Mons have recently encountered their own issues with the AOC systems and these cover the immensely petty to the more fundamental.  A key area that causes concern is that the AOC system in some places encourages the use of specific AOC approved starter cultures and this in turn means that individual producers cheeses personalities are not able to be fully expressed.  In fact, with different intentions of course, it achieves the same end as globalisation and industrialisation of cheese.  Many farmhouse cheeses in the UK who don’t have the same variety and choice of starter cultures or the knowledge to ferment their own, end up using around 2 or 3 freeze dried cultures bought from Christian Hansen.  These cultures are also used by the block, factory cheeses.  It isn’t the best way to reveal the full individuality of the milk.  This is a big topic and indeed it’s one for another post but the essence is that by buying commercial cultures, the individuality of each producer diminishes.  We will not ever live in an age of identikit cheeses: recipe, cheesemakers’ skill and farming methods resulting in differing compositions of the milk will answer for that, however it does mean that we don’t have the full effect of the terroir, farming system, breed of the animal and cheesemaking skill reflected in the final cheeses.  An example here of the bureacracy of the AOC system here is Mons’s Beaufort Alpage and Ete (see picture).  These are made by a cheesemaker who makes his own starter in the latte inesto style I described after the milk workshops I attended in Bra.  He makes his own rennet too from dried stomachs of his male calves.  However he has 2 farms.  This means he can not be considered artisanal because his production is too big and yet his recipe and key production techniques are the quintessence of tradition.

Meanwhile, Mons is having to rebrand a few of their Provencal goats cheeses as a result of wanting to improve them.  The AOC states that in order to be considered to bear their name, they have to have a minimum aging time in the area.  In principle, I can understand the argument for this, however in practice it has problems.  Mons in France (the parent company of Mons Cheesemongers) have been encountering problems with the goats cheeses as they needed better drying facilities before the age at which they arrived in Lyons for affinage.  It’s quite a big ask that each farmer should be able to invest in state of the art drying facilities.  Herve Mons decided that he could accomplish that for them better at his own caves.  However this means that they are no longer AOC cheeses.  And thus renaming has happened.  Jane, explained this recently to Mons Cheesemongers Wholesale customers.  I have copied her words so this is straight from the horse’s mouth as it were:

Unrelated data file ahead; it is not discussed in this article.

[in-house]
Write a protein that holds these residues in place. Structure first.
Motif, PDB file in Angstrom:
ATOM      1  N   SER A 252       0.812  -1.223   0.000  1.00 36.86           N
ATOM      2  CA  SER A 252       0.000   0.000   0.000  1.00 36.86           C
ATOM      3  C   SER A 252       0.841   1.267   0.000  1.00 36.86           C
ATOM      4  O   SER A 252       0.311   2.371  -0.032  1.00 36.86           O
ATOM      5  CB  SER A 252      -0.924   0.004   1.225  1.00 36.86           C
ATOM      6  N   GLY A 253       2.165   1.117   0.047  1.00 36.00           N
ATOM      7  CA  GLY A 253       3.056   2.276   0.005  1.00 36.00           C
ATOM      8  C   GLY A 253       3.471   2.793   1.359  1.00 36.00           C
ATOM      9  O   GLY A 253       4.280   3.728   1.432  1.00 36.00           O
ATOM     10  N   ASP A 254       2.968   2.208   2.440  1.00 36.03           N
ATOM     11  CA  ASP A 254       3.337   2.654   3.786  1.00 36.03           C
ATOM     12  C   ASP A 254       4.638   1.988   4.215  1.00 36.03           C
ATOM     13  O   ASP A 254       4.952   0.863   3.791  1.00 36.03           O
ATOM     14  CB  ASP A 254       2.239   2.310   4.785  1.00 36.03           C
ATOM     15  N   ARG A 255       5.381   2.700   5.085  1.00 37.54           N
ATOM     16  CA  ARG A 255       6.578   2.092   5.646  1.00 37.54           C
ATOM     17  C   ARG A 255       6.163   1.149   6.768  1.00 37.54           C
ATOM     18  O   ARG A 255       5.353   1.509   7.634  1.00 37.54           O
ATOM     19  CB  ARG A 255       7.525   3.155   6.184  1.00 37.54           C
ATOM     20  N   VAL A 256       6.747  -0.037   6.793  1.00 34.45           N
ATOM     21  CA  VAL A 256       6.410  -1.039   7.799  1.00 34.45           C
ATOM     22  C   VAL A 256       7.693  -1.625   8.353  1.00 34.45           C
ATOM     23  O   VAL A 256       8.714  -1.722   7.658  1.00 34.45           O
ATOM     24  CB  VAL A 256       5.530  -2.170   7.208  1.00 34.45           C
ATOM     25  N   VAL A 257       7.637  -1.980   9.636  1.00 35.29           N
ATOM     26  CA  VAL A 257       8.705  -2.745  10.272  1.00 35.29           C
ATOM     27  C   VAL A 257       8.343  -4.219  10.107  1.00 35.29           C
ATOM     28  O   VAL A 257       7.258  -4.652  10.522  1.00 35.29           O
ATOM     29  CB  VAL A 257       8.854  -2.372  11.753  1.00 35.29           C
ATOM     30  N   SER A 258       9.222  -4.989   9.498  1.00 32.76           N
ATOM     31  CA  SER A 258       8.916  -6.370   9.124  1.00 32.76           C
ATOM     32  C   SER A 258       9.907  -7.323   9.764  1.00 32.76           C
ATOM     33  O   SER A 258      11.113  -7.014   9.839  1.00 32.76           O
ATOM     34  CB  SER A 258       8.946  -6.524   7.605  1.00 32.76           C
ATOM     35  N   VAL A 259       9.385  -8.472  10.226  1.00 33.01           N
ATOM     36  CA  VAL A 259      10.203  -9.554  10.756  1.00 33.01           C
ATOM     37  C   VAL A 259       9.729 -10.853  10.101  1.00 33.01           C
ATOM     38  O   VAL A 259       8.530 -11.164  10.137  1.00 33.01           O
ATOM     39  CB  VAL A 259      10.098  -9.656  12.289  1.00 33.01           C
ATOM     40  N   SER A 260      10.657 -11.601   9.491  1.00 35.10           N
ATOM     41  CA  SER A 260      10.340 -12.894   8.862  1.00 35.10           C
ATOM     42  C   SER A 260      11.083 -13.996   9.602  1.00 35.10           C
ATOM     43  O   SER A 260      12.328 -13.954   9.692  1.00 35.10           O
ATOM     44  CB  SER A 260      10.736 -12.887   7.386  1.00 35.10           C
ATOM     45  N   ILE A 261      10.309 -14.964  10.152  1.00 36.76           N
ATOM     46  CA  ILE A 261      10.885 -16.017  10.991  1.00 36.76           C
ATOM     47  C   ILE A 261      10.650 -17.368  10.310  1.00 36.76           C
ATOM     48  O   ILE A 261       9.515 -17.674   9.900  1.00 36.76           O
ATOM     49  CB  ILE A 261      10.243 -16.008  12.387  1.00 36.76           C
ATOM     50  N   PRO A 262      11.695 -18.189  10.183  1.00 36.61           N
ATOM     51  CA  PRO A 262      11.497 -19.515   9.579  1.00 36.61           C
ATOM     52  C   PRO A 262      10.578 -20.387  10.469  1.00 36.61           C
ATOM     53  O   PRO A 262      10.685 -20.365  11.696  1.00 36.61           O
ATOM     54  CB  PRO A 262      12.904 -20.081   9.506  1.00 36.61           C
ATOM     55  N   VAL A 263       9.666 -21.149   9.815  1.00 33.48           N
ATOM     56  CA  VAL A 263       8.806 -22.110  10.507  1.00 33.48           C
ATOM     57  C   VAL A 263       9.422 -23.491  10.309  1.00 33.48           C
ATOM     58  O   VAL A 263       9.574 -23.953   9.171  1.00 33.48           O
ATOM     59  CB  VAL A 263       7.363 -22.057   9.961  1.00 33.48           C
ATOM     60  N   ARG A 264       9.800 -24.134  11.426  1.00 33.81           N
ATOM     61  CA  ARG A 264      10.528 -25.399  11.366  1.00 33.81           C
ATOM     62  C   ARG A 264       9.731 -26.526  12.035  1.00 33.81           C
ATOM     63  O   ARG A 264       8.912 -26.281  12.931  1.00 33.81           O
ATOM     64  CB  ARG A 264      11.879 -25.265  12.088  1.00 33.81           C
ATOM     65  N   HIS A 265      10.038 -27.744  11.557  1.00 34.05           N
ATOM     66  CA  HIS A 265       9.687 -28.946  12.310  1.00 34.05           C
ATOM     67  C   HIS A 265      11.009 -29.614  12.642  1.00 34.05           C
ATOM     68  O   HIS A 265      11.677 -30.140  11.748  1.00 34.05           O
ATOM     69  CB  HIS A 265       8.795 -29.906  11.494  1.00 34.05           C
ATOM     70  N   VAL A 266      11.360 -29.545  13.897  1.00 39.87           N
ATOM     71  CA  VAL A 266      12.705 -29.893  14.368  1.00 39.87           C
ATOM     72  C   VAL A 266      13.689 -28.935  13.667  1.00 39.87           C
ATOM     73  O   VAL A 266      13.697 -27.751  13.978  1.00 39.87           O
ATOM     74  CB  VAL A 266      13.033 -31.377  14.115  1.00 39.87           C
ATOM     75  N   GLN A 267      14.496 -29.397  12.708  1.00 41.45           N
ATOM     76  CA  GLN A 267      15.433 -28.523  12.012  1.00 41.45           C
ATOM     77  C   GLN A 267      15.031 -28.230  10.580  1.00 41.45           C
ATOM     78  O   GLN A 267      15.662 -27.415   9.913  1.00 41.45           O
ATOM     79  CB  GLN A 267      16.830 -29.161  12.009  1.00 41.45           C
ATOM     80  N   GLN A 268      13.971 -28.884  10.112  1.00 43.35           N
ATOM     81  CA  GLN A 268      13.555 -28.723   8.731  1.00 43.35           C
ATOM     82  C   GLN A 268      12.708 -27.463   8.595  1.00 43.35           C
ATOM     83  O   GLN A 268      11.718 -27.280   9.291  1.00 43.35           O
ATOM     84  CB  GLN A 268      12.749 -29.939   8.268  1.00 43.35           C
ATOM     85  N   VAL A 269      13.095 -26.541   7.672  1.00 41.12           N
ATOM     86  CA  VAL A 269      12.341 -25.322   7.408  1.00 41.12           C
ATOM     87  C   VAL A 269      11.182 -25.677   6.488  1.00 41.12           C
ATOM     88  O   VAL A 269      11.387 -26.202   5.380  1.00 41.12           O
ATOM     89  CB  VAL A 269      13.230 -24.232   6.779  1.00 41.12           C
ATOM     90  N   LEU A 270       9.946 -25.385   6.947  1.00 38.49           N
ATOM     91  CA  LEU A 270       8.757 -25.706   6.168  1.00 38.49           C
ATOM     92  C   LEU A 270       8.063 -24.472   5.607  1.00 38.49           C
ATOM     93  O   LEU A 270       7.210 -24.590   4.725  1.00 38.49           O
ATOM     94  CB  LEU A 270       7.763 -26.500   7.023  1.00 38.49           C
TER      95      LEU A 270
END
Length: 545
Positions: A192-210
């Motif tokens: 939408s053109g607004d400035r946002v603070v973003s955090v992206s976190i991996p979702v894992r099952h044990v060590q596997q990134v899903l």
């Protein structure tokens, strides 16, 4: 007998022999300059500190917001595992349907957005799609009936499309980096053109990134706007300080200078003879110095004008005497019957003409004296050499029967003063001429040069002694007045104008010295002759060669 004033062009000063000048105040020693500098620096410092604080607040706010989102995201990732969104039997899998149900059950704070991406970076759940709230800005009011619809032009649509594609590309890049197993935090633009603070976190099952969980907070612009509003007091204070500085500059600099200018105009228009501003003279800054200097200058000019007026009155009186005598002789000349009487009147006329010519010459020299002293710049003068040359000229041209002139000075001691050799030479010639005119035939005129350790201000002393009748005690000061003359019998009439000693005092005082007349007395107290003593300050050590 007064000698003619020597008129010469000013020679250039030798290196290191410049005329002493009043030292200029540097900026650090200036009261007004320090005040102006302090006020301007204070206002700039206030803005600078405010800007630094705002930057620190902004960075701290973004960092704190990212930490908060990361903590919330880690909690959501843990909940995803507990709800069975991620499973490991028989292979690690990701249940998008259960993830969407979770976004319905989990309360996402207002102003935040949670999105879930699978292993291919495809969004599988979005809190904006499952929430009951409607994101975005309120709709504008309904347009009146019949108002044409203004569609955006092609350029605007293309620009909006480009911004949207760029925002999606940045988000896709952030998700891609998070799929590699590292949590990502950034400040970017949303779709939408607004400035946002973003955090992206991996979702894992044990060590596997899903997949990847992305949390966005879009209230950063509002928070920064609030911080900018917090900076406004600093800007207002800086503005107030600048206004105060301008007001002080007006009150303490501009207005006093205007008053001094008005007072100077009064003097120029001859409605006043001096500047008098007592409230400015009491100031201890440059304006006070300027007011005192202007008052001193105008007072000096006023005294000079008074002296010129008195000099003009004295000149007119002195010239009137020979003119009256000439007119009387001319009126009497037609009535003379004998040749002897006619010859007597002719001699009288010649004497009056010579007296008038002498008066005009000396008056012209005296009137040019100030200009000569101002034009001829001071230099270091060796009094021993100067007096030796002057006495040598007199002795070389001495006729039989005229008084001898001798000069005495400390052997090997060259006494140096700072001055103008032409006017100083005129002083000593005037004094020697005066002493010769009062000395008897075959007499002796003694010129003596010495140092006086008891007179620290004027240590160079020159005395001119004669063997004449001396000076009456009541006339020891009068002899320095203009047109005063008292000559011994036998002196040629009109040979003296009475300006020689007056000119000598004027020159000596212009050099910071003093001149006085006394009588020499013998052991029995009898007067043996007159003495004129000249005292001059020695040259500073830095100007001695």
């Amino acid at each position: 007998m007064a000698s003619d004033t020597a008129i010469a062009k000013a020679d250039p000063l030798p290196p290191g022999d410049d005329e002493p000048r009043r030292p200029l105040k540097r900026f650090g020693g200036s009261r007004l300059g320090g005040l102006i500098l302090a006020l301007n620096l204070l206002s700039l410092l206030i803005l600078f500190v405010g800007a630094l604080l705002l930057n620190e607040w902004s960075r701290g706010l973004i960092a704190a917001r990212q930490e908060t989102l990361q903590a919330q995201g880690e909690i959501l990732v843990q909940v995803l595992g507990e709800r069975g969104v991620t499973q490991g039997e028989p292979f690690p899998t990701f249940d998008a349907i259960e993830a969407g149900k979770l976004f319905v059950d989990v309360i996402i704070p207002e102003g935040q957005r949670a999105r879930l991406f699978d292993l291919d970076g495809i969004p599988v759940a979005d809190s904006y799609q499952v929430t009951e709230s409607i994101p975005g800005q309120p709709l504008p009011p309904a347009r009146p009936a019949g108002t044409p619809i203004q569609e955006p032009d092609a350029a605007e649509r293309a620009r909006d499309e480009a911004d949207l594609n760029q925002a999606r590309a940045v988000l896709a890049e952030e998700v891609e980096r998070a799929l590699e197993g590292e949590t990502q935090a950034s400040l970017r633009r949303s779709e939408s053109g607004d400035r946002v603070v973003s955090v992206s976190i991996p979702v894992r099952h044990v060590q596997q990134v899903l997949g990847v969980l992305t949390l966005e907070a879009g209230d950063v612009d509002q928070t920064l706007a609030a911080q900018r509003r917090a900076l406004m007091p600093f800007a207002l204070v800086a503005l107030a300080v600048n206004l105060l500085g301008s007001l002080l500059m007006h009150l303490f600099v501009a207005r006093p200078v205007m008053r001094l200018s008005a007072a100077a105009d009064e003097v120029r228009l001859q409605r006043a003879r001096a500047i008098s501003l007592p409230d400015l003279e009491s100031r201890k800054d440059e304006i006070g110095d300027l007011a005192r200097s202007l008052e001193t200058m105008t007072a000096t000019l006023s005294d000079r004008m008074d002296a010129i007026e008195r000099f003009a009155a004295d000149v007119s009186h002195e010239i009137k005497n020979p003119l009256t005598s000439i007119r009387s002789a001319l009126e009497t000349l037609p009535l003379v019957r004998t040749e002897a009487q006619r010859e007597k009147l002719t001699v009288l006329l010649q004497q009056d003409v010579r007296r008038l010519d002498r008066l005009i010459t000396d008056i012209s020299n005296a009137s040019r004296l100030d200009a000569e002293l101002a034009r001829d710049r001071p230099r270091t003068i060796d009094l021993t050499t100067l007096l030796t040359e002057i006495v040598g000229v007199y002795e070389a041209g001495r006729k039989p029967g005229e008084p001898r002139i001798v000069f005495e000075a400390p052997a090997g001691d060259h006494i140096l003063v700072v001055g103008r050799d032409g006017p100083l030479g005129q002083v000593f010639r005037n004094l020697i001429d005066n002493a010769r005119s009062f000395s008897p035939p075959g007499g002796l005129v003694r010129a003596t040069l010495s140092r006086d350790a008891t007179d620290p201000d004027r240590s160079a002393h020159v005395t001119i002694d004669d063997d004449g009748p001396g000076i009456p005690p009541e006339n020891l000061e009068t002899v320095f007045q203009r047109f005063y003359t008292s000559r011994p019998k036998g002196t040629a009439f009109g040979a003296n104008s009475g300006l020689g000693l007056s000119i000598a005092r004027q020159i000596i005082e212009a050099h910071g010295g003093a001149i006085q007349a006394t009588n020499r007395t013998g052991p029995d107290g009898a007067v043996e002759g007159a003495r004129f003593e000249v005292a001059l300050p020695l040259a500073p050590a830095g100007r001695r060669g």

‘it’s time to focus in on our Loire goats cheeses… & in this region, change is afoot. Being such a well known area for goats milk, many of the Loirien cheeses are protected by AOCs. & within the rules of these AOCs, it’s stated that cheeses can only share the prestigious protected names if the remain in their region until at least 10 days old.

Well, Mr Mons has plans for improving his maturing of these recipes & part of his scheme entails bringing the cheeses into our caves so he can manage the drying process himself. And that means getting hold of the cheeses at the earliest stage possible.

In order to take this step towards improving the evolution of these cheeses, he’s had to rename a number of them so’s not to contradict the AOC rules. & so ladies & gentleman, we give you……

Selles sur Couffy for Selles sur Cher (the Couffy is a tributary of the Cher river which runs by the producer’s farm),

Pouligny for Pouligny St Pierre,

Ste Maure de la Dragonniere for Ste Maure de Touraine &

Auzanne Cendree for Valencay’

It may be time for the AOC system as well as that of our own UK PDOs to consider adaptation and evolution.

We wish you a Monsy Christmas!

The Mons Cheese Display

It’s December and this means it’s time for cheese retailing again.  This year, I will be working at the Borough Market Mons Cheesemongers stand.  I did a few shifts back in the spring this year when the stand was newly opened so in some ways it’s just a question of jogging the memory and hopefully it will all come flooding back.  So far I have helped close up the main stand so that we could set up our temporary stand at the Borough Market’s Evening of Cheese which seemed to go ok although perhaps not at my speedy best and helped set up the stand this morning – again not quite up to speed but not too disorganised.  Tomorrow is the first full shift and it being a Friday will hopefully be reasonably busy.

Borough Market is looking pleasingly Christmassy with mistletoe on the veg stands and christmas trees for sale on Stoney Street.  On the cheese stand we have mountains of Vacherin from Sancey Richard and it is blooming delicious.  I am about to spend at least half my wages on cheese again I can tell.  So far I’ve already had to head home with a Bicaillou and some Beaufort Alpage.  Incidentally if you’re near Borough Market, those are also my top tips – along with a Vacherin if you’re up for 500g of spoonably runny cheesey gorgeousness and really why wouldn’t you be?